300: Rise of an Empire
Genre – Drama, Action/Adventure, War, Sci-Fi/Fantasy
Cast – Sullivan Stapleton as Themistokles; Eva Green as Artemisia; Lena Headey as Queen Gorgo; Rodrigo Santoro as Xerxes; Callan Mulvey as Scyllias; Jack O’Connell as Calisto
Director – Noam Murro (Smart People)
Distributor – Warner Bros.
In Theaters – March 7, 2014
Reviewer – Bob Hoose
King Leonidas may have famously taken his small group of 300 Spartans to hold off a Persian army at the narrow pass of Thermopylae, but that’s not all that was going on back in the late 400s.
There was also a little thing called the Persian fleet to deal with. A thousand ships strong, this incredible armada had the capability of smashing every Greek boat and port it encountered. It could also land troops behind Leonidas and his men and make their mighty effort moot.
That’s where the Athenian general Themistokles must step in. He only has a handful of ships to work with, but he and his army of farmers and craftsmen are skilled and determined. Themistokles, you see, has special strategic insights learned through years of war with those dreaded Persians. And he and all his men hold a passion to see this new idea called democracy sweep through the Greek city-states and set every man, woman and child free.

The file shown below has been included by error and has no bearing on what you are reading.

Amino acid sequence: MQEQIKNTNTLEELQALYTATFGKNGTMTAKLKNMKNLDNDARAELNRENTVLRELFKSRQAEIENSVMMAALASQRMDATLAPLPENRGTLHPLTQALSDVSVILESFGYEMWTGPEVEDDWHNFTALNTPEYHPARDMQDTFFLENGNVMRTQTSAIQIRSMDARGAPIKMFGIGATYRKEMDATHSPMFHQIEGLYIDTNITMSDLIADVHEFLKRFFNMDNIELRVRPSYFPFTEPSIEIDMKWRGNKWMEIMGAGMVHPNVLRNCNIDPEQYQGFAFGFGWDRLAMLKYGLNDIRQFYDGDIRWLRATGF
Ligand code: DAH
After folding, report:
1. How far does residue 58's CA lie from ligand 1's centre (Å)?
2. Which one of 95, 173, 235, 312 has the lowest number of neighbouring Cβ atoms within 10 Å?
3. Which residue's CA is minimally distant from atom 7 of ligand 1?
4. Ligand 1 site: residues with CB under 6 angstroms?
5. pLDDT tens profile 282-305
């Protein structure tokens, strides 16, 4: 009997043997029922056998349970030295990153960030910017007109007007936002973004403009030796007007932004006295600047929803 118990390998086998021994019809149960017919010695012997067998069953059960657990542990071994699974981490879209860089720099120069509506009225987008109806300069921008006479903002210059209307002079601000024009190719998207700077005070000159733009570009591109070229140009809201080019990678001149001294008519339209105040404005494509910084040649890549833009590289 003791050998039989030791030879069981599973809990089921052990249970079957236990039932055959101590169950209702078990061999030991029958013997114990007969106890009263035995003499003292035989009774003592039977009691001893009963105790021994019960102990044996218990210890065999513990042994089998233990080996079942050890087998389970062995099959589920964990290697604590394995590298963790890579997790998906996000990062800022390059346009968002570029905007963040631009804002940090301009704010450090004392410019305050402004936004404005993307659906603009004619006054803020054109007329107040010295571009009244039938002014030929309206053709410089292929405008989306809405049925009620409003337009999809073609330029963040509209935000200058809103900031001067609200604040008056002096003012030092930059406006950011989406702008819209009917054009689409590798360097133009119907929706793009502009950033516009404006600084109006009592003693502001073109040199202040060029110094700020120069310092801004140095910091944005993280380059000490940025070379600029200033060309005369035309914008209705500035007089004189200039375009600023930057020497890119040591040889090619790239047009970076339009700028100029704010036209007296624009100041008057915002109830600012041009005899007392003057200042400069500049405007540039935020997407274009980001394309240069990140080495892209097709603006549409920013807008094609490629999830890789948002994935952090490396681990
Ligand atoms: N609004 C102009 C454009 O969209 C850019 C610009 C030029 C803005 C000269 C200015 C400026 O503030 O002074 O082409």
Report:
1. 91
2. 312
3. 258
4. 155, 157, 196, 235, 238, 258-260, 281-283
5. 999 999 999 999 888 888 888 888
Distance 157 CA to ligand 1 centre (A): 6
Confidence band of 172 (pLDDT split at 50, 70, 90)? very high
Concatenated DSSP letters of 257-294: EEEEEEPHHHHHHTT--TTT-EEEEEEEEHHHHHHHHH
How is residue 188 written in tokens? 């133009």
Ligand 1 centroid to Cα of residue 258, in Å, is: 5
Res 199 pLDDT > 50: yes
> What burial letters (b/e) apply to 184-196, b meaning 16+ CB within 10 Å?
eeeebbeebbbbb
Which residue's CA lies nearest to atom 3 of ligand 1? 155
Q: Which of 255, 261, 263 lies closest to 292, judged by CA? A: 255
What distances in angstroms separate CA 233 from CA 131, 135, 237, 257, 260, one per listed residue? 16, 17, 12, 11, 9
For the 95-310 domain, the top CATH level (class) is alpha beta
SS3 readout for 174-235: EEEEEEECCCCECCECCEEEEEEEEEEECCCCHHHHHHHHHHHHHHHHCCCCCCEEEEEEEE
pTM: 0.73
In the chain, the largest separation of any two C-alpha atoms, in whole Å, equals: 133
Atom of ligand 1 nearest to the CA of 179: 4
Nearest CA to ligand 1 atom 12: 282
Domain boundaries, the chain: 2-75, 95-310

On the opposite side, of course, is the god-king Xerxes and his million-man force. He wants nothing but the subjugation or utter destruction of Greece. And he puts Artemisia (a Greek woman who had been raped and abused by Greek slave traders since childhood) in charge of his Persian fleet. He is not to be disappointed in her, as vengeance flares in her eyes―an evil blaze as ferocious as the flames of Hades.
Muscles are bulging. Weapons are at the ready. And hearts are pounding with rage. The battle will be fierce. The carnage will be savage. The sea will run red.
There are several mentions of this new idea called democracy that’s slowly blossoming and uniting the Greek people. And Themistokles talks of the value of sacrificing for “freedom,” saying, “Let it be shown that we chose to die on our feet rather than live on our knees!”
Indeed, while this pic may be the cinematic equivalent of a bloody knife to the jugular, it does depict men staunchly facing impossible odds and fighting on for the sake of their friends and countrymen. It bolsters the idea that a few fighting bravely for good can result in a victory over overwhelming forces that battle for evil.
That spiritual evil is certainly a part of the equation here. The dying Persian king Darius tells his son, Xerxes, “Leave the Greeks to their ways, only the gods can defeat them.” Artemisia takes that as an ethereal sign and convinces Xerxes that he must then become a “god-king.” And so he gives himself over to “the darkest of evil” and steps out of a pool of water transformed into a 10-foot tall man-god.
Later, when Artemisia meets with Themistokles, she senses something powerful in him too, and she wonders if there’s a “spark of the divine” in him. (Themistokles assures her he is but a man.)
When Xerxes is transformed, he rises from the water covered by nothing but a few gold chains and a golden codpiece. Artemisia wears a low-cut gown and a realistically molded breastplate.
As a child, Artemisia watches (along with us) as Greek soldiers rape and kill members of her family. Greek slavers then throw the child in the hold of a ship where, were told, she is violated and abused for years. We once see an older man approach her prone and unconscious form as he begins to remove his garments.